Of all the get-rich-quick schemes, nothing seemed as easy as the windfall enjoyed by domain squatters in the early days of the internet.
Those who rushed out and hoovered up simple domain names in the hope of selling them to businesses for hugely inflated prices looked like geniuses if they pulled it off — and many did. The private sale of Casino.com netted A$7 million ($7.5m) in 2003, PrivateJet.com sold for A$38m in 2012 and LasVegas.com reportedly sold for a whopping A$115m.
But the internet is an overcrowded place these days and all the good land is taken, right?
Well, some people think we might have a second wave of domain squatting, or domain flipping, thanks to the rise of the emoji language — the little characters that have become increasingly popular in texting language.
As an investor, it's probably not worth the punt, but at least one investor with experience in this area thinks it makes sense.
"To me, this is truly new," domain name investor Page Howe told Gizmodo.
He calls emojis "the world language" and thinks there's big potential in bagging some potentially popular emoji domains. And if anyone would know, it's him.
Back in 2007 he famously sold seniors.com for A$2.3m after buying it for A$128,000. A few months later he sold Guy.com for A$1.28m after only owning it for about a month.
"From a marketing perspective, there's just so much more you can convey in feelings as opposed to refinanceyourmorgage.com," he said.
At least one company is working to make emoji domains a reality and it certainly practices what it preaches.
The website is [grinning face with smiling eyes].to. That's it. Just the well-known grinning emoji, or xn--f28h.to.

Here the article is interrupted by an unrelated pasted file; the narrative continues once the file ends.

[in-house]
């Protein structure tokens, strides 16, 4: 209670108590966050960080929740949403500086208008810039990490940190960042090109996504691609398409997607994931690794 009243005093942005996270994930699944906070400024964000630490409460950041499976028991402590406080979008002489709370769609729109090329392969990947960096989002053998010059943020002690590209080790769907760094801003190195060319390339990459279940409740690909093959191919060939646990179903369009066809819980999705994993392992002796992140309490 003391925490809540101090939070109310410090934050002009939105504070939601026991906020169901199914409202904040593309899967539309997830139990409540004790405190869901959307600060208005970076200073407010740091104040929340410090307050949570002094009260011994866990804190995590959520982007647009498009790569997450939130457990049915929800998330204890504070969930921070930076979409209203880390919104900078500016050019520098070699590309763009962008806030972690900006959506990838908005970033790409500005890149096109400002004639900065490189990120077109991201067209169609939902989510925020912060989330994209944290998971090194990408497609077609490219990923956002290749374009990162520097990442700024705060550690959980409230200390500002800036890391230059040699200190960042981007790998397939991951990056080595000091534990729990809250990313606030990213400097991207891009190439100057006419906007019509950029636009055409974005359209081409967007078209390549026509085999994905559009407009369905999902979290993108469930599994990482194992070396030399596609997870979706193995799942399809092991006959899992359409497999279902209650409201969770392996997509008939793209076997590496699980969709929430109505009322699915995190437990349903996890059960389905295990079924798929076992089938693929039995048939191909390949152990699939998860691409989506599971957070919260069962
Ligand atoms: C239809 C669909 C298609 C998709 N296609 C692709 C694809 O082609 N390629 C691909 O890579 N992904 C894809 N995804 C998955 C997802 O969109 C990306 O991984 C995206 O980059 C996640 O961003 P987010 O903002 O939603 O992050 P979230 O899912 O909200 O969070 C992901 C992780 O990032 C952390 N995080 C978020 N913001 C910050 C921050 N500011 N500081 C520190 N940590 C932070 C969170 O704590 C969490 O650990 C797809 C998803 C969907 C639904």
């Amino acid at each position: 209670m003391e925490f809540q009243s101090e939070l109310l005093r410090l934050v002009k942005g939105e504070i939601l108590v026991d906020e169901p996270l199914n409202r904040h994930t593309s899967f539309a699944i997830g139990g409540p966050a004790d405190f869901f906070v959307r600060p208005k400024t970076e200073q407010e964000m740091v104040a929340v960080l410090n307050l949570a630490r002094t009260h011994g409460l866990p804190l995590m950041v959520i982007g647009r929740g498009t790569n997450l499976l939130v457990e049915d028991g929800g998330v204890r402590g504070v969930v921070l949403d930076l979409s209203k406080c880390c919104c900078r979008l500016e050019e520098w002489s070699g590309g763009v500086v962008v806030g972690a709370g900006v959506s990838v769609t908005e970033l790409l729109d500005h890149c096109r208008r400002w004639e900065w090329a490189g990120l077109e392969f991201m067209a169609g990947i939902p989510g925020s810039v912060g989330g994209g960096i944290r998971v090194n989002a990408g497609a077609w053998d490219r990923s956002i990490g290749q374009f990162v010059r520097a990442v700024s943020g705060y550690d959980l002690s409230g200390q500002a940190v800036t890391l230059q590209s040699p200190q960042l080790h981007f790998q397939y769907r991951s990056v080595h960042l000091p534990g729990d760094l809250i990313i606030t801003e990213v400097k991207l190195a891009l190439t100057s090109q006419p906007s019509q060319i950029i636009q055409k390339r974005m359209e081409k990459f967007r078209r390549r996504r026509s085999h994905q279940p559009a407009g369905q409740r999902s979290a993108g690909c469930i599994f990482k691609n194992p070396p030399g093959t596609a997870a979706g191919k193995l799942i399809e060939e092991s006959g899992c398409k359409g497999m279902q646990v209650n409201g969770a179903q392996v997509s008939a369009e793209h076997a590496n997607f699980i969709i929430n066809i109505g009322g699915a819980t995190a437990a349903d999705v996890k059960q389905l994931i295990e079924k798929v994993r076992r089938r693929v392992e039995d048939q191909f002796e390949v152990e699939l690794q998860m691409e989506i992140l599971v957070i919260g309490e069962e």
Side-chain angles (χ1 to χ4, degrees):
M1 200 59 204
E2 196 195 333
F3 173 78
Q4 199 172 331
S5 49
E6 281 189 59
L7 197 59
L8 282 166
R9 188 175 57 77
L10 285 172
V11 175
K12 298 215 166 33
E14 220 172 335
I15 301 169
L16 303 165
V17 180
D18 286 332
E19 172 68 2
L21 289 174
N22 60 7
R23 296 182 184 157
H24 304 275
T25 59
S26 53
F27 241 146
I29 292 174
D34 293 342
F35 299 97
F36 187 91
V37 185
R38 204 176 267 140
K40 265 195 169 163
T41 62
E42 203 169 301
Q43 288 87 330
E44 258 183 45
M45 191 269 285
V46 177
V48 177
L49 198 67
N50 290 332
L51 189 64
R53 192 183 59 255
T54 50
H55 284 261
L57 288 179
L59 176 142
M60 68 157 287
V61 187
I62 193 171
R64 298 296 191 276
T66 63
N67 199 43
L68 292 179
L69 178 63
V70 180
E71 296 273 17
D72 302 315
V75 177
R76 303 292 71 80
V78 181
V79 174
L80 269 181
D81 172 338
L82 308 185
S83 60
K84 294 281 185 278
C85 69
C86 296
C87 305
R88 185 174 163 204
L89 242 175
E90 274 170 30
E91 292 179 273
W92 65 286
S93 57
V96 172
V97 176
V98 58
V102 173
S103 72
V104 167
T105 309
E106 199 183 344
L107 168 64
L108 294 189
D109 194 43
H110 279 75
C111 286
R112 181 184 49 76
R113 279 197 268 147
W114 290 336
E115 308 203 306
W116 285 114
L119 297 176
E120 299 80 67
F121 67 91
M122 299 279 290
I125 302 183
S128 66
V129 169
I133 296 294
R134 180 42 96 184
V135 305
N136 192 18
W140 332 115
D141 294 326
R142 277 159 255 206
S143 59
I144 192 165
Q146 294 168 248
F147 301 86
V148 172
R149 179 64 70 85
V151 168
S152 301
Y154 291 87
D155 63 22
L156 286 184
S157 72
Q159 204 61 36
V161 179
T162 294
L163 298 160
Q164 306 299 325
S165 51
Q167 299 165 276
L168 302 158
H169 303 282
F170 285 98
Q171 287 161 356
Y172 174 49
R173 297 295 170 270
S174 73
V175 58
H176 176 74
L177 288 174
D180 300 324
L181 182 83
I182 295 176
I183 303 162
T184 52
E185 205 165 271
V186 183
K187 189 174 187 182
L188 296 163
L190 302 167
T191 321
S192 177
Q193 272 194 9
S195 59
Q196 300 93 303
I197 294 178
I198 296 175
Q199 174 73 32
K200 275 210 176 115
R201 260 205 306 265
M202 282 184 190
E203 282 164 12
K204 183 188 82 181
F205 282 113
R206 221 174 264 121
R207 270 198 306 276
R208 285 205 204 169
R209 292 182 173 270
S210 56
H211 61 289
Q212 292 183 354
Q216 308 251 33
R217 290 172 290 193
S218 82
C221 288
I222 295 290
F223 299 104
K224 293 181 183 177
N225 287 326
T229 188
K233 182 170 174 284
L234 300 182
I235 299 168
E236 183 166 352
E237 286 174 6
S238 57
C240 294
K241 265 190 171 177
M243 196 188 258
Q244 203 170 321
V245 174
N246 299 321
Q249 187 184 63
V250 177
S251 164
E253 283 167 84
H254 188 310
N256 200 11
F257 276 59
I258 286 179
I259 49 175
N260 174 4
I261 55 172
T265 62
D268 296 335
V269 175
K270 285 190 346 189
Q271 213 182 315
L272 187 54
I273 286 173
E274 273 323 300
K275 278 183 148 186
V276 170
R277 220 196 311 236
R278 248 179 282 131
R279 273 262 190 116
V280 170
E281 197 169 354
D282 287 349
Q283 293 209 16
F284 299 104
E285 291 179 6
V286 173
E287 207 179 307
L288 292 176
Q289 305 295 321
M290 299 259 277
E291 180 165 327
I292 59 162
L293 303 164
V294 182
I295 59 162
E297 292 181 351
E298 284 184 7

The company's website shows the price of all available emoji domain names grouped into categories such as food, activity, objects and places — and some are on offer for quite cheap.
While the "premium" emoji domains offered by the company will set you back about A$3000, others can cost as little as A$50.
The domains end in ".to" because few top level domains, or TLDs, which are at the highest level in the hierarchical Domain Name System of the internet, support the emoji language. That means you can't buy an emoji domain with ".com" or '.com.au'.
The Internet Corporation for Assigned Names and Numbers (ICANN) — the governing body for top level domains — does not support emoji characters in domain addresses.
For this reason, selling these emoji.to domains for top dollar feels more like an opportunistic scam than anything else, but in the era of prolific cryptocurrencies, who is to say what makes for a wise investment.
The company's website displays hundreds of emoji links which it claims are already taken but when you click on them, many take you to an empty page. However others click through to actual websites for things like a personal designer or a mechanic company in Illinois which has bought the spanner emoji domain.
For some time to come, there is likely to be support issues among browsers however. HTML5 supports emoji and so does Apple's Safari browser — emoji URLs look like emoji — but Chrome and Firefox only display the punycode.
Even with smartphones it's not always easy to have access to an emoji keyboard. However if you're using a Mac you can hit Command-Control-Space to bring up the emoji selection box while on Windows 10, look for the Touch Keyboard icon in the bottom right of your screen.
There are other obstacles such as the fact there is not one universal set of emoji characters as Google, Apple and others have created their own. Having said that, if companies like Chevy are sending out a press release made up entirely of emojis and a London-based language translation company is offering a job in emoji translation, domain names using the characters don't seem that far-fetched.
It remains to be seen if the internet truly adopts emoji domain names, but if so there is still plenty of time to maybe become the Page Howe of the emoji domain name gold rush.